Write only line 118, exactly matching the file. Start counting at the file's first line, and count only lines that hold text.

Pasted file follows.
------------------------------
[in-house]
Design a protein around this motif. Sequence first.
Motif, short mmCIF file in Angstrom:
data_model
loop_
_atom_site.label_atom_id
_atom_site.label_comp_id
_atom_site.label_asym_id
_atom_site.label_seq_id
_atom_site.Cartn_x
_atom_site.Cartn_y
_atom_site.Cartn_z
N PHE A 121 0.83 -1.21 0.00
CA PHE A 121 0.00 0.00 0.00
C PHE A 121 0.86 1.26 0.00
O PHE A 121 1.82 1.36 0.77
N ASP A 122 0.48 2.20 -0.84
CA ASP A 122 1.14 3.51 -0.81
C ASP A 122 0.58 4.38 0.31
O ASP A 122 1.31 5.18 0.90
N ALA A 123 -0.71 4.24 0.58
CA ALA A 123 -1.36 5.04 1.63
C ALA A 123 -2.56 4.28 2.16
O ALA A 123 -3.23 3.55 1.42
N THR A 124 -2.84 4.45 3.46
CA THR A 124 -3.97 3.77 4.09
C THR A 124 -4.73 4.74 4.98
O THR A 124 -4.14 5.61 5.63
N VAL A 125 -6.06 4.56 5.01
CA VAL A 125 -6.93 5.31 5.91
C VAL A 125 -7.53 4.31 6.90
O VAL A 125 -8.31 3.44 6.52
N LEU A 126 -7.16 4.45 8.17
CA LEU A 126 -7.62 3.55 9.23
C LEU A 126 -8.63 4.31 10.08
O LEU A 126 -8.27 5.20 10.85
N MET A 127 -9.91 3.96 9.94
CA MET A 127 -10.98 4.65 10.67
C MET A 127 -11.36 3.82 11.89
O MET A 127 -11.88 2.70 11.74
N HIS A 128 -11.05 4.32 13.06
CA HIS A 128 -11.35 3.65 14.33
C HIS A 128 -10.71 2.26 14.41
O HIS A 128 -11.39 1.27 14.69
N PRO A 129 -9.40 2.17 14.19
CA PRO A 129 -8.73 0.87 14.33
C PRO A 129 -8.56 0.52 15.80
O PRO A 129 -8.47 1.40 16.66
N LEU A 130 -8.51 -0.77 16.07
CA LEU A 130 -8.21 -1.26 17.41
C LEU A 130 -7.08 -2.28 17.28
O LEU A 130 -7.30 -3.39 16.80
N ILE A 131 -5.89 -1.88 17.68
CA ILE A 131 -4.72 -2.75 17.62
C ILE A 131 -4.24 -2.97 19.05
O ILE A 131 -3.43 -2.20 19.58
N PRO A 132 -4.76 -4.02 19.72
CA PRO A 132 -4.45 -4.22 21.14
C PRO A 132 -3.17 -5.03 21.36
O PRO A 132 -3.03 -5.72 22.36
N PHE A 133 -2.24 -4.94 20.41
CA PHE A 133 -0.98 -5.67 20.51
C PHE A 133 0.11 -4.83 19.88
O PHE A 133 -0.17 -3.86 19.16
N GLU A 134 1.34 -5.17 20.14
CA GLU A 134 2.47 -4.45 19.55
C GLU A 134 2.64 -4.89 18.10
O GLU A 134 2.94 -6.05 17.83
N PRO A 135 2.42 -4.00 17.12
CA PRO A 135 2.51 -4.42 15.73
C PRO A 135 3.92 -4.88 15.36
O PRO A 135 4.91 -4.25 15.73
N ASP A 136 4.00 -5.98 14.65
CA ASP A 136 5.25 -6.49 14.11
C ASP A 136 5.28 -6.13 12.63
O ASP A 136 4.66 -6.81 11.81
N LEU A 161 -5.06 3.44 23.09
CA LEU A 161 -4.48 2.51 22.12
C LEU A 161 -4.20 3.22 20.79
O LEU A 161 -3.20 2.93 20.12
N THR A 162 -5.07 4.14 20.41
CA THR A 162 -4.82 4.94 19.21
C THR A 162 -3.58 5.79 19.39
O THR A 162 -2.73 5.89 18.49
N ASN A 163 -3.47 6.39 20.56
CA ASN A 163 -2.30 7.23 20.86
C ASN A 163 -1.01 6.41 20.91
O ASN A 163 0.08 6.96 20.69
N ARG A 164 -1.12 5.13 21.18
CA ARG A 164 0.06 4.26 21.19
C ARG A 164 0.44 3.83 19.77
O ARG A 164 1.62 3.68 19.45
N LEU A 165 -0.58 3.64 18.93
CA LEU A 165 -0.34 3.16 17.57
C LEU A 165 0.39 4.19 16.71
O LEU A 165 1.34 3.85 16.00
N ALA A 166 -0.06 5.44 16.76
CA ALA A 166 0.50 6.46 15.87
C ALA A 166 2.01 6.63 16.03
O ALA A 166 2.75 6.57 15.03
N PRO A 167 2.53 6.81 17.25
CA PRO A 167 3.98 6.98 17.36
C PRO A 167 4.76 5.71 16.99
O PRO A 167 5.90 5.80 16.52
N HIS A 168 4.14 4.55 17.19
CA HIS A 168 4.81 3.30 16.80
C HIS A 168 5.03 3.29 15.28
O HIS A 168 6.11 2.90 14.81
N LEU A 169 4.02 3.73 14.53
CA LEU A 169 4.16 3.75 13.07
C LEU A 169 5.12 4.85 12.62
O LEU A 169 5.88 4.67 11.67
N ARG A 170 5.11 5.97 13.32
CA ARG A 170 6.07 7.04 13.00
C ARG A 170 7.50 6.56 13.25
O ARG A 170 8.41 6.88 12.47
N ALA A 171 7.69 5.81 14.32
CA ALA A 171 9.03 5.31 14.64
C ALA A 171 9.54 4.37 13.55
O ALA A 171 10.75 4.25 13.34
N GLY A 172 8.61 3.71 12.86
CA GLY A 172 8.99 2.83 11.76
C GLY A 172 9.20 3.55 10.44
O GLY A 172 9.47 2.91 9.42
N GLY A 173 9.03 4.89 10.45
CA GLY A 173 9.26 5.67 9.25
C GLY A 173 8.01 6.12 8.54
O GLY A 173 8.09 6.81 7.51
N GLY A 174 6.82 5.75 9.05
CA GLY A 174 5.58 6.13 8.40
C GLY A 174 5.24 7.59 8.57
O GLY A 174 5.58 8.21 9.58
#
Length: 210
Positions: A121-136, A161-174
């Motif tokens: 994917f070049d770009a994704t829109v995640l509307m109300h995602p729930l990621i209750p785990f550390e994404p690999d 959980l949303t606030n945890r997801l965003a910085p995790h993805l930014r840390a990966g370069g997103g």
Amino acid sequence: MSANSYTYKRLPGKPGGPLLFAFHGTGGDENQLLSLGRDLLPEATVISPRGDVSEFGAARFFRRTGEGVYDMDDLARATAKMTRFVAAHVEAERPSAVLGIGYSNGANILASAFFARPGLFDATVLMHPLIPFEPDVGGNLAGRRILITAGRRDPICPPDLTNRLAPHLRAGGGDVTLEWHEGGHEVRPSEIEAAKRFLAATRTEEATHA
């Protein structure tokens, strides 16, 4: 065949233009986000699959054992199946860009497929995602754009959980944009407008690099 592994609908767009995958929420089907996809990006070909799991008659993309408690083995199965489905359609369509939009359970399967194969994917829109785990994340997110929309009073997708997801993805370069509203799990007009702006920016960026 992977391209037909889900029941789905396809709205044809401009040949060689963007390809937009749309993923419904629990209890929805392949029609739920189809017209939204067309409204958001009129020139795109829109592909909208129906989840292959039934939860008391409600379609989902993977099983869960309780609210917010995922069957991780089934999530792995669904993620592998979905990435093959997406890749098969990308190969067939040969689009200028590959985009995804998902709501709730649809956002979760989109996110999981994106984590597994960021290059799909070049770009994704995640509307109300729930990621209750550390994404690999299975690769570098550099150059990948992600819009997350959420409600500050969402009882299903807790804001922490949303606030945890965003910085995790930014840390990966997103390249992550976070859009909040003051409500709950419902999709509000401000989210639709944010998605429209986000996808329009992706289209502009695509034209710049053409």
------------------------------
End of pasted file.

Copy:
CA ALA A 171 9.03 5.31 14.64